Three Phase Element, it should work but it doesn't - Electrician Talk - Professional Electrical Contractors Forum
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Old 01-05-2018, 08:19 PM   #1
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Default Three Phase Element, it should work but it doesn't

I am working on an electric steam kettle. The element is a 6 wire element (three loops) that is 24kW three-phase 220v. There are two contactors and a low water switch, t-stat, and tilt switch. The kettle was converted from 480v by switching out the element, removing a transformer, and adding one of the contactors. During that install, some wires were switched, shorting out the new contactor. A second new contactor was installed. The steam kettle worked for dozens/hundreds of cycles. Just recently the "new" contactor fried. After examining the circuitry I think the cause was the wiring. The wiring running to the contactor was never replaced after the first short.

I have replaced all suspect wires and put in a new contactor, but the element will not heat. Each of the three element loops has continuity and is reading the same (and to spec) resistance. There is no short to the kettle body. I am getting a reading of 212v across the element. There is the correct phasing going to the element terminals.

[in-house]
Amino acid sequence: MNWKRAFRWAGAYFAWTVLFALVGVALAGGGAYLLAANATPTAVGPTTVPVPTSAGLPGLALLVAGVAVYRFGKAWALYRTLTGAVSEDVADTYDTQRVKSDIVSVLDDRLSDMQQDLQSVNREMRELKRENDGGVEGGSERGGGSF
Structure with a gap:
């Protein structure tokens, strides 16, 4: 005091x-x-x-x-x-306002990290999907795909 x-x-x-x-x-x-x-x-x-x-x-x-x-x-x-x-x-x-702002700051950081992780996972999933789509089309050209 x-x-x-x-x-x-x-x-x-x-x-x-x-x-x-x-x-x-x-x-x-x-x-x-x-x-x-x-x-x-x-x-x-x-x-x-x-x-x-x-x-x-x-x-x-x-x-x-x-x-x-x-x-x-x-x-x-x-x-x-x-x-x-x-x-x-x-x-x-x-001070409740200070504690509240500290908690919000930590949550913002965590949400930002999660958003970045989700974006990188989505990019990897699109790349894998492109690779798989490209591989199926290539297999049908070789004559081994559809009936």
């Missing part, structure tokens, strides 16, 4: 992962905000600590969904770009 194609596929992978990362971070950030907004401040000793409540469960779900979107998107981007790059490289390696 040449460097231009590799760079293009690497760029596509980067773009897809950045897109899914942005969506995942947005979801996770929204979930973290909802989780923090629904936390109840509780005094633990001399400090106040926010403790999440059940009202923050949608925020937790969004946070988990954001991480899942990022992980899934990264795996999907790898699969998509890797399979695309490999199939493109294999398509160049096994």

It appears that the element is functioning and I am getting a correct voltage reading across the element - but no heat. Ohm's law doesn't lie, so something is not right. Any thoughts on what I am over looking?
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Old 01-05-2018, 08:34 PM   #2
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You should get a electrician to come out and help you on this one.

it much safer to have a electrician to take a look of it.

accourding to your profile it say .,

food production equipment

therefore the best answer is get electrician and deal with it due they will know excatally what to look for.
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Old 01-05-2018, 08:36 PM   #3
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Just because there is voltage, and continuity, does not mean the element will work. It’s probably fried
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Old 01-05-2018, 08:52 PM   #4